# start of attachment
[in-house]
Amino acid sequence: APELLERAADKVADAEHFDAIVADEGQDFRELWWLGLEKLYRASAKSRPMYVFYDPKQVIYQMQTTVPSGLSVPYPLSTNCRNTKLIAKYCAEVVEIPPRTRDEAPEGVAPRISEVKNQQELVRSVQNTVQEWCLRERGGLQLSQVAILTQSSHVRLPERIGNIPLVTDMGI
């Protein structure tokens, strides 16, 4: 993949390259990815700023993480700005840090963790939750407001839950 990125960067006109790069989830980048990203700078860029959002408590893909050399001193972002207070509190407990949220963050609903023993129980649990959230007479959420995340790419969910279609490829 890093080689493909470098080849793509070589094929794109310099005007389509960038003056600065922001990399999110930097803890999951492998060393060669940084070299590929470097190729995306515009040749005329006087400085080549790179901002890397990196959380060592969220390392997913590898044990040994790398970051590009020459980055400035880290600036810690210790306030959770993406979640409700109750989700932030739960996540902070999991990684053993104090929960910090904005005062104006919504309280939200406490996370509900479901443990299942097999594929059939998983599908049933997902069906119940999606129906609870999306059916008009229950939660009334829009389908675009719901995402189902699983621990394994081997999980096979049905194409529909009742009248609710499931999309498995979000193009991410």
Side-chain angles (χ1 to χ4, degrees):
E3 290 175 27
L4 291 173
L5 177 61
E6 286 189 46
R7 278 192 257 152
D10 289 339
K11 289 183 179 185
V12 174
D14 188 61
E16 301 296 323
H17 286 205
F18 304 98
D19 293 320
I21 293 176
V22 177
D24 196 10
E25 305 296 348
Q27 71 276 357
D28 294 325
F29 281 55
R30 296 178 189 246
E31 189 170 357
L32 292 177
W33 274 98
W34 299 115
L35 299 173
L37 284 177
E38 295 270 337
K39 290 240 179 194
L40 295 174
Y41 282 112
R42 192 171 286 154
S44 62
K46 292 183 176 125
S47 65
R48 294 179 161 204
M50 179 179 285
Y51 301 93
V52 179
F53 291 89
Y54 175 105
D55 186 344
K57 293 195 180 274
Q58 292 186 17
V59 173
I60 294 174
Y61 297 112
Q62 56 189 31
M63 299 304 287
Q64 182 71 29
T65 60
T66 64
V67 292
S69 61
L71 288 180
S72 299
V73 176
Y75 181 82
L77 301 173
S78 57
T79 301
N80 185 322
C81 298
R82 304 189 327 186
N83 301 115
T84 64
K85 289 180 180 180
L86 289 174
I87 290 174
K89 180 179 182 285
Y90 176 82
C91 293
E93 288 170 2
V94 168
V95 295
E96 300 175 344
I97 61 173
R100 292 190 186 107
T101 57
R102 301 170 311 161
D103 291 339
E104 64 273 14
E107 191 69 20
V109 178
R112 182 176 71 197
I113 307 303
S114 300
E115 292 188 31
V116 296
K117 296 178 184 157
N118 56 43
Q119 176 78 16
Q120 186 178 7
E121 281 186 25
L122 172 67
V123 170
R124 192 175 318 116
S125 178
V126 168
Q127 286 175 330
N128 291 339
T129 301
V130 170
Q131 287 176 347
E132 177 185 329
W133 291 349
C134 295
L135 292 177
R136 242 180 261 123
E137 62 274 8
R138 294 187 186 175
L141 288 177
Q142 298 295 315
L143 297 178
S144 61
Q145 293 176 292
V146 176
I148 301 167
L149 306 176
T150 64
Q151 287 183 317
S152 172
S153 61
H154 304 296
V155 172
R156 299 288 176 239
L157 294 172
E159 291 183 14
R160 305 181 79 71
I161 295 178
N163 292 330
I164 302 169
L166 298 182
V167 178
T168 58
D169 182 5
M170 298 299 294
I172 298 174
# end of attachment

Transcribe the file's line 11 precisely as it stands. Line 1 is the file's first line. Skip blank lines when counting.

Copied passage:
K11 289 183 179 185